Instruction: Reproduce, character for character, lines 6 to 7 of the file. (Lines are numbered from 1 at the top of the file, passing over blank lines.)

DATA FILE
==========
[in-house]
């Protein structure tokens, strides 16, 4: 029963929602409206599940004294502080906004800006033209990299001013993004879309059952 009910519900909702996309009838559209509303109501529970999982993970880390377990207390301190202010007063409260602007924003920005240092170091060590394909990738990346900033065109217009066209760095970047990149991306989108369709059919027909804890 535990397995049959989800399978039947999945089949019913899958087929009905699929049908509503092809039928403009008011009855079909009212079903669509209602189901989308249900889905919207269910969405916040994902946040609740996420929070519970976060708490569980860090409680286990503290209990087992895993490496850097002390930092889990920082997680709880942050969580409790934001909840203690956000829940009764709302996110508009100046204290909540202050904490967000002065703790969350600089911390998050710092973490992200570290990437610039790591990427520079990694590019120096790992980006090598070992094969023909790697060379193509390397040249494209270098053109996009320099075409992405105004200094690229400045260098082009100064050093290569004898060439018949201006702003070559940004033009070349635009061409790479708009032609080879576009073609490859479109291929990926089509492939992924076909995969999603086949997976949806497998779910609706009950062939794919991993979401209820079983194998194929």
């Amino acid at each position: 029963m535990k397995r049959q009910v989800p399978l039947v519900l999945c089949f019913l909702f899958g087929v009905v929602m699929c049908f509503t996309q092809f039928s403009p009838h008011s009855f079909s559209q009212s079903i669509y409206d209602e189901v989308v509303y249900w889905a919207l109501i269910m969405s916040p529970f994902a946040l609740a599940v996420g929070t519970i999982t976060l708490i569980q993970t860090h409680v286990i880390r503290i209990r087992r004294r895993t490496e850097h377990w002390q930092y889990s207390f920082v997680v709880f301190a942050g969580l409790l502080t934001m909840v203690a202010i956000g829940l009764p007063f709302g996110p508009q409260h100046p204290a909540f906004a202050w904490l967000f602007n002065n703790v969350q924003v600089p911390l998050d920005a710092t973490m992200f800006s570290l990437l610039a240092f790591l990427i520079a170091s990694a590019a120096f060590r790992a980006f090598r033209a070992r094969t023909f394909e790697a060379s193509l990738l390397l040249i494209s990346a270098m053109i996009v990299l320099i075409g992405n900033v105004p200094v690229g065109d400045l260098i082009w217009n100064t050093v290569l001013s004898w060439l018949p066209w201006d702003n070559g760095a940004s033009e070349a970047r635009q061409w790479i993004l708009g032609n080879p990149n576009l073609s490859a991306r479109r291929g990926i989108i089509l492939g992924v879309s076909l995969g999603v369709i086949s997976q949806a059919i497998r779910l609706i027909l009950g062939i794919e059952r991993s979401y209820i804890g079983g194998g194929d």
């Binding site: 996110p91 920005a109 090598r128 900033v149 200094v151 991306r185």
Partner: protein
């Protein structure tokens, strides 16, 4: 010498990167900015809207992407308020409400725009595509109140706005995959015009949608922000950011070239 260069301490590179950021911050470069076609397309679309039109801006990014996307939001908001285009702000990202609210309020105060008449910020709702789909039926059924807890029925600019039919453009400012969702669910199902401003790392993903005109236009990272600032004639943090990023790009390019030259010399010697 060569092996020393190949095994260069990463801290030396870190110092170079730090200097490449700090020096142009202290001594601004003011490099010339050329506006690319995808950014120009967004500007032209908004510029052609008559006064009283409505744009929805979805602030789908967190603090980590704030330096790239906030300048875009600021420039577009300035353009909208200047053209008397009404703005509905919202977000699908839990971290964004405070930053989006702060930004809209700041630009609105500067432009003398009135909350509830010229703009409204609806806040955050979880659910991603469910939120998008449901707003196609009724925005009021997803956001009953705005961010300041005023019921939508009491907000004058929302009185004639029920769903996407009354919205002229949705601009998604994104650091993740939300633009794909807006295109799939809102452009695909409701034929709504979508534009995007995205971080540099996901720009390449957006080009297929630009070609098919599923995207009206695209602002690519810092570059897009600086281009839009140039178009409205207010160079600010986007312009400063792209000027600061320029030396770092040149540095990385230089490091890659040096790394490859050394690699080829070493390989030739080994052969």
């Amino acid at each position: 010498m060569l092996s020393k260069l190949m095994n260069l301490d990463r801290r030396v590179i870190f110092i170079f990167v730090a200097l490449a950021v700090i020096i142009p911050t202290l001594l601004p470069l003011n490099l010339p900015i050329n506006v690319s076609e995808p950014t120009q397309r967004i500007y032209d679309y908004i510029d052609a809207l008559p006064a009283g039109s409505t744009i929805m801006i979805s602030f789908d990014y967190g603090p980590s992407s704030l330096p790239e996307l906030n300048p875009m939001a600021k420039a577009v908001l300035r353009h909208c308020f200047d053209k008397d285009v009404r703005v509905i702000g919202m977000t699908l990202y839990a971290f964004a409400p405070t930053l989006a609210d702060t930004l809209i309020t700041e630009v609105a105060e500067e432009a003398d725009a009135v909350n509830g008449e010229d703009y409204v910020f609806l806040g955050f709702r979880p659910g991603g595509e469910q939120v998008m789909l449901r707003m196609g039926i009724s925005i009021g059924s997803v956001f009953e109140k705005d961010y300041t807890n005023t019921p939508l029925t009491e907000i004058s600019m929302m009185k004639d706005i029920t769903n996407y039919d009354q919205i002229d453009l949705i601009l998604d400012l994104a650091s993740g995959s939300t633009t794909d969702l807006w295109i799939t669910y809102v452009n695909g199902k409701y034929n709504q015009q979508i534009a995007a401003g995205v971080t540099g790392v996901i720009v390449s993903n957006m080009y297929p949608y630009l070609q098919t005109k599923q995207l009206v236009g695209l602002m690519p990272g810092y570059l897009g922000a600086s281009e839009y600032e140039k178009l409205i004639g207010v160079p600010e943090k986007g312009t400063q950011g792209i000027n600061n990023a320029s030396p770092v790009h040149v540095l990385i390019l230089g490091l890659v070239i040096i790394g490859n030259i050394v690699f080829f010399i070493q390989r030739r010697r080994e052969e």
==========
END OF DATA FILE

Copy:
């Protein structure tokens, strides 16, 4: 010498990167900015809207992407308020409400725009595509109140706005995959015009949608922000950011070239 260069301490590179950021911050470069076609397309679309039109801006990014996307939001908001285009702000990202609210309020105060008449910020709702789909039926059924807890029925600019039919453009400012969702669910199902401003790392993903005109236009990272600032004639943090990023790009390019030259010399010697 060569092996020393190949095994260069990463801290030396870190110092170079730090200097490449700090020096142009202290001594601004003011490099010339050329506006690319995808950014120009967004500007032209908004510029052609008559006064009283409505744009929805979805602030789908967190603090980590704030330096790239906030300048875009600021420039577009300035353009909208200047053209008397009404703005509905919202977000699908839990971290964004405070930053989006702060930004809209700041630009609105500067432009003398009135909350509830010229703009409204609806806040955050979880659910991603469910939120998008449901707003196609009724925005009021997803956001009953705005961010300041005023019921939508009491907000004058929302009185004639029920769903996407009354919205002229949705601009998604994104650091993740939300633009794909807006295109799939809102452009695909409701034929709504979508534009995007995205971080540099996901720009390449957006080009297929630009070609098919599923995207009206695209602002690519810092570059897009600086281009839009140039178009409205207010160079600010986007312009400063792209000027600061320029030396770092040149540095990385230089490091890659040096790394490859050394690699080829070493390989030739080994052969």
């Amino acid at each position: 010498m060569l092996s020393k260069l190949m095994n260069l301490d990463r801290r030396v590179i870190f110092i170079f990167v730090a200097l490449a950021v700090i020096i142009p911050t202290l001594l601004p470069l003011n490099l010339p900015i050329n506006v690319s076609e995808p950014t120009q397309r967004i500007y032209d679309y908004i510029d052609a809207l008559p006064a009283g039109s409505t744009i929805m801006i979805s602030f789908d990014y967190g603090p980590s992407s704030l330096p790239e996307l906030n300048p875009m939001a600021k420039a577009v908001l300035r353009h909208c308020f200047d053209k008397d285009v009404r703005v509905i702000g919202m977000t699908l990202y839990a971290f964004a409400p405070t930053l989006a609210d702060t930004l809209i309020t700041e630009v609105a105060e500067e432009a003398d725009a009135v909350n509830g008449e010229d703009y409204v910020f609806l806040g955050f709702r979880p659910g991603g595509e469910q939120v998008m789909l449901r707003m196609g039926i009724s925005i009021g059924s997803v956001f009953e109140k705005d961010y300041t807890n005023t019921p939508l029925t009491e907000i004058s600019m929302m009185k004639d706005i029920t769903n996407y039919d009354q919205i002229d453009l949705i601009l998604d400012l994104a650091s993740g995959s939300t633009t794909d969702l807006w295109i799939t669910y809102v452009n695909g199902k409701y034929n709504q015009q979508i534009a995007a401003g995205v971080t540099g790392v996901i720009v390449s993903n957006m080009y297929p949608y630009l070609q098919t005109k599923q995207l009206v236009g695209l602002m690519p990272g810092y570059l897009g922000a600086s281009e839009y600032e140039k178009l409205i004639g207010v160079p600010e943090k986007g312009t400063q950011g792209i000027n600061n990023a320029s030396p770092v790009h040149v540095l990385i390019l230089g490091l890659v070239i040096i790394g490859n030259i050394v690699f080829f010399i070493q390989r030739r010697r080994e052969e």